The UK government has failed to produce solutions on how consumers will be protected in the wake of Brexit, according to the House of Lords EU Justice Sub-Committee, which has published the government’s response to its report Brexit: will consumers be protected?.
The committee’s report, published in December, sets out significant concerns about consumer protection post-Brexit. The government’s response, provided in February, does not offer solutions to these issues, and the committee is reiterating the need for:
- details about how the UK will maintain access to cross-border mechanisms for cooperation between consumer protection organisations;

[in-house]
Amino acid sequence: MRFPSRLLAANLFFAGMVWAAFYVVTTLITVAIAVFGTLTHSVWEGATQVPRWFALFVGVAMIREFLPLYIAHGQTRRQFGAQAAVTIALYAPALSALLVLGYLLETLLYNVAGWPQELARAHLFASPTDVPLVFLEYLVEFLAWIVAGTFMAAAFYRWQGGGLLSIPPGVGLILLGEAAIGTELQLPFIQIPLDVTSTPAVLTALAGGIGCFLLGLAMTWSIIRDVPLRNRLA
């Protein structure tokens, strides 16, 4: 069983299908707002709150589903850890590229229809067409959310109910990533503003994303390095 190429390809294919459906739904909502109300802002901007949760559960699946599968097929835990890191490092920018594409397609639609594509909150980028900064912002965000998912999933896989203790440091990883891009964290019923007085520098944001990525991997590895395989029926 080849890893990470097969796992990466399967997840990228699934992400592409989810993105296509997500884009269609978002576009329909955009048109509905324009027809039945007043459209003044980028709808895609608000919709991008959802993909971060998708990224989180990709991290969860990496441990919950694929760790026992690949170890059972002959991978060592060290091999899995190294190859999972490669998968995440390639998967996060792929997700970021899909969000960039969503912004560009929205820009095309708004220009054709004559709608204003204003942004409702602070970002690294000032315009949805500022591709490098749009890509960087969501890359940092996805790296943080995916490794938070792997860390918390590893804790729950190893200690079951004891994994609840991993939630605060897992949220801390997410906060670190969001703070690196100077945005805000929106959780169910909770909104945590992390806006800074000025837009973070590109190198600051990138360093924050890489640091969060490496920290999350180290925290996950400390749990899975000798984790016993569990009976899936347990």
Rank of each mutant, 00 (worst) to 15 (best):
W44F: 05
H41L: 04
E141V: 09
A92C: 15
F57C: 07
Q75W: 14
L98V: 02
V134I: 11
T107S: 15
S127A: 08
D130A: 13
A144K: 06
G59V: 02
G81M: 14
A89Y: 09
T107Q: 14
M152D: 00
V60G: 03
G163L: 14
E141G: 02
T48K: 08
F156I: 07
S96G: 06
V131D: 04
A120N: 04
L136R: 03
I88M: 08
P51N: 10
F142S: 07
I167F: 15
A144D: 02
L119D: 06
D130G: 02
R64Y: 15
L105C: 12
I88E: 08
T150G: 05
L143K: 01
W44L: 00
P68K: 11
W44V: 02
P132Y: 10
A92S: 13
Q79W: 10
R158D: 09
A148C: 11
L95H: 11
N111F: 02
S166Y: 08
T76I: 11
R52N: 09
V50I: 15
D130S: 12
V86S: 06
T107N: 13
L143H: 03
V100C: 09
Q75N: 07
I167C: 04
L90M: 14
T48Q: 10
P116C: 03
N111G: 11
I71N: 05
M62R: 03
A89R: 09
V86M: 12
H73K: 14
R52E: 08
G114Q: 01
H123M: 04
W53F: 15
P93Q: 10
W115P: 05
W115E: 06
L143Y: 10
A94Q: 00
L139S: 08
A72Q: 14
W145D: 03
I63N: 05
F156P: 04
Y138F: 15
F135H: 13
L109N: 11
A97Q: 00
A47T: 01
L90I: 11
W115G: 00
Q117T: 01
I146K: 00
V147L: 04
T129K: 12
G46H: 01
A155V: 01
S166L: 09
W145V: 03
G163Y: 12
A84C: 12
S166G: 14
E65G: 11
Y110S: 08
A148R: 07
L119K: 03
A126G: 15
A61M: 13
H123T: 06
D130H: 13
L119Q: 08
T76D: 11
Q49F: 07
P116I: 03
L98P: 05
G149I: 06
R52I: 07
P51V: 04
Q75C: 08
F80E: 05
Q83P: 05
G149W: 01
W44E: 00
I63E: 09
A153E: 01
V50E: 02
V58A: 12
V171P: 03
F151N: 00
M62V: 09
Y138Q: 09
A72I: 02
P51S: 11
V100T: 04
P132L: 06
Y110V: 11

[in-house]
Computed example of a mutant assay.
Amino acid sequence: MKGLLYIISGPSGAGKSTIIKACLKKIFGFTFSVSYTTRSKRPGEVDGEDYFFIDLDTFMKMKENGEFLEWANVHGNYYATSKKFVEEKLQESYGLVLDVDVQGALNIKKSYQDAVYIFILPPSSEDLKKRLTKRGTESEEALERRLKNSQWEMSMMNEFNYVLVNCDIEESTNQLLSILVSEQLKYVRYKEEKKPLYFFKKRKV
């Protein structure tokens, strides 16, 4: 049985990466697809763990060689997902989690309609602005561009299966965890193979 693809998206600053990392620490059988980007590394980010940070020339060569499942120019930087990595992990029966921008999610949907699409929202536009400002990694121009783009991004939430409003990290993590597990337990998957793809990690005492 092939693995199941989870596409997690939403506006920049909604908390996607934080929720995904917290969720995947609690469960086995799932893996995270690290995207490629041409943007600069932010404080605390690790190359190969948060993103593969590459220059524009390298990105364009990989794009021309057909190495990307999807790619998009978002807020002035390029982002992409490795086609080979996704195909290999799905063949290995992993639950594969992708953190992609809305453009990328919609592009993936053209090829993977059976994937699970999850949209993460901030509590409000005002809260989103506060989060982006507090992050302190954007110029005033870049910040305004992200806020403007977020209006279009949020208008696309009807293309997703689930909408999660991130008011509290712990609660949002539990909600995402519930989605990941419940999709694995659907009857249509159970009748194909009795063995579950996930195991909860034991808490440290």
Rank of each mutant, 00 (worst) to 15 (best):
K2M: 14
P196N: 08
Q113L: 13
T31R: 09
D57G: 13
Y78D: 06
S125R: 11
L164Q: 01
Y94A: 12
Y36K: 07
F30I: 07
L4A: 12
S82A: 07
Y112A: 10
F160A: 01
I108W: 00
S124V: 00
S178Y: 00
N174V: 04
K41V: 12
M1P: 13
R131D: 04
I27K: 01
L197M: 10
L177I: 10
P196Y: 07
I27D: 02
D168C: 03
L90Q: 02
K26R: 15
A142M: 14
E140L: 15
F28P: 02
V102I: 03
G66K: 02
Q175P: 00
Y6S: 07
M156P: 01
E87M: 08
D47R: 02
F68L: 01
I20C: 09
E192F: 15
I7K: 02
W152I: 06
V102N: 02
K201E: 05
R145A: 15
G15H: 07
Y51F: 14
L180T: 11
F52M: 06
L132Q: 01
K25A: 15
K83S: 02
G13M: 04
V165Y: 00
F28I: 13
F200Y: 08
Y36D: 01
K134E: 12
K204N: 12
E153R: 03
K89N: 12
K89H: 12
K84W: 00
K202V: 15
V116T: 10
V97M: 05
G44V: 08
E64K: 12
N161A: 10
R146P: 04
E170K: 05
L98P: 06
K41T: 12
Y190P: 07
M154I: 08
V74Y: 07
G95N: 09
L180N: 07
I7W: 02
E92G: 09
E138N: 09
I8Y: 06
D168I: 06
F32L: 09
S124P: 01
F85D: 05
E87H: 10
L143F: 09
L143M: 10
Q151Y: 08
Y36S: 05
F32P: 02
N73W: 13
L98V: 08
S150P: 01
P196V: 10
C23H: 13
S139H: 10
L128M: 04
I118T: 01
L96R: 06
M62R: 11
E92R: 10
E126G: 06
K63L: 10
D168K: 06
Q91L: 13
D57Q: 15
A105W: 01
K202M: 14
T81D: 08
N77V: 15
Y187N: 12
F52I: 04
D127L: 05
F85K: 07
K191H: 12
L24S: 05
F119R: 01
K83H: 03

- clarity about how UK consumers’ rights will be protected when they make purchases from the EU or visit EU destinations; and
- more resources for UK regulators and trading standards bodies to cope with increased workloads, at a time when they are already under pressure.
- The report will be debated in the House of Lords Chamber in the near future, at which point the Committee hopes that the Government will provide further information.
Baroness Kennedy of The Shaws, chair of the Lords EU Justice Sub-Committee said: “The UK has a proud tradition of consumer protection which we have shared with the EU; and UK consumers benefit from EU-wide mechanisms that set standards and provide redress.
“We are again calling on the government to explain exactly how the UK will retain these benefits after Brexit, so that consumers can have confidence when making purchases from the EU and when visiting the EU.”
Report and response are available here.